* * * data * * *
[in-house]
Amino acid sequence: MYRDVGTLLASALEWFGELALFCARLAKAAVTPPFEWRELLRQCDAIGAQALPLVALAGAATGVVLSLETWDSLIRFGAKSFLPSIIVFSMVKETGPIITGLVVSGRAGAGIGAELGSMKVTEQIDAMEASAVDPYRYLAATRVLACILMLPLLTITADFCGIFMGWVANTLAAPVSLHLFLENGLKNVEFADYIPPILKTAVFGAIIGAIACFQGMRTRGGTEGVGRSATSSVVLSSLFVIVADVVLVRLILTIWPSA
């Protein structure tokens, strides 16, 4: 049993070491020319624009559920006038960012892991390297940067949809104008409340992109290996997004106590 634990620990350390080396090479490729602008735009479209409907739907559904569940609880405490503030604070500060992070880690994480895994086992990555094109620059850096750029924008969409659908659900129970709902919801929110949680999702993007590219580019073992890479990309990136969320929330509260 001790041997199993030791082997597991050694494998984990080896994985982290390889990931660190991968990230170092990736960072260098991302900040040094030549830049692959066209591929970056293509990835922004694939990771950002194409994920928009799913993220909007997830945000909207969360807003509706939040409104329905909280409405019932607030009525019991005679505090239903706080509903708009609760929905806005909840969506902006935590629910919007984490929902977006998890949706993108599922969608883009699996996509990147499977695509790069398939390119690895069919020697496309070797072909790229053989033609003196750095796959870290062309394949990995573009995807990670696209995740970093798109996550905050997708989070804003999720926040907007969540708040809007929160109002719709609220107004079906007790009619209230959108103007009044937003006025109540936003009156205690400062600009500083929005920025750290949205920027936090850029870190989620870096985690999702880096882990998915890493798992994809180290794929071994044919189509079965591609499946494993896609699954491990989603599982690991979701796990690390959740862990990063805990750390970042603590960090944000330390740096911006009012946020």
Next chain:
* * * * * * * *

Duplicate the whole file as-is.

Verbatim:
[in-house]
Amino acid sequence: MYRDVGTLLASALEWFGELALFCARLAKAAVTPPFEWRELLRQCDAIGAQALPLVALAGAATGVVLSLETWDSLIRFGAKSFLPSIIVFSMVKETGPIITGLVVSGRAGAGIGAELGSMKVTEQIDAMEASAVDPYRYLAATRVLACILMLPLLTITADFCGIFMGWVANTLAAPVSLHLFLENGLKNVEFADYIPPILKTAVFGAIIGAIACFQGMRTRGGTEGVGRSATSSVVLSSLFVIVADVVLVRLILTIWPSA
């Protein structure tokens, strides 16, 4: 049993070491020319624009559920006038960012892991390297940067949809104008409340992109290996997004106590 634990620990350390080396090479490729602008735009479209409907739907559904569940609880405490503030604070500060992070880690994480895994086992990555094109620059850096750029924008969409659908659900129970709902919801929110949680999702993007590219580019073992890479990309990136969320929330509260 001790041997199993030791082997597991050694494998984990080896994985982290390889990931660190991968990230170092990736960072260098991302900040040094030549830049692959066209591929970056293509990835922004694939990771950002194409994920928009799913993220909007997830945000909207969360807003509706939040409104329905909280409405019932607030009525019991005679505090239903706080509903708009609760929905806005909840969506902006935590629910919007984490929902977006998890949706993108599922969608883009699996996509990147499977695509790069398939390119690895069919020697496309070797072909790229053989033609003196750095796959870290062309394949990995573009995807990670696209995740970093798109996550905050997708989070804003999720926040907007969540708040809007929160109002719709609220107004079906007790009619209230959108103007009044937003006025109540936003009156205690400062600009500083929005920025750290949205920027936090850029870190989620870096985690999702880096882990998915890493798992994809180290794929071994044919189509079965591609499946494993896609699954491990989603599982690991979701796990690390959740862990990063805990750390970042603590960090944000330390740096911006009012946020």
Next chain: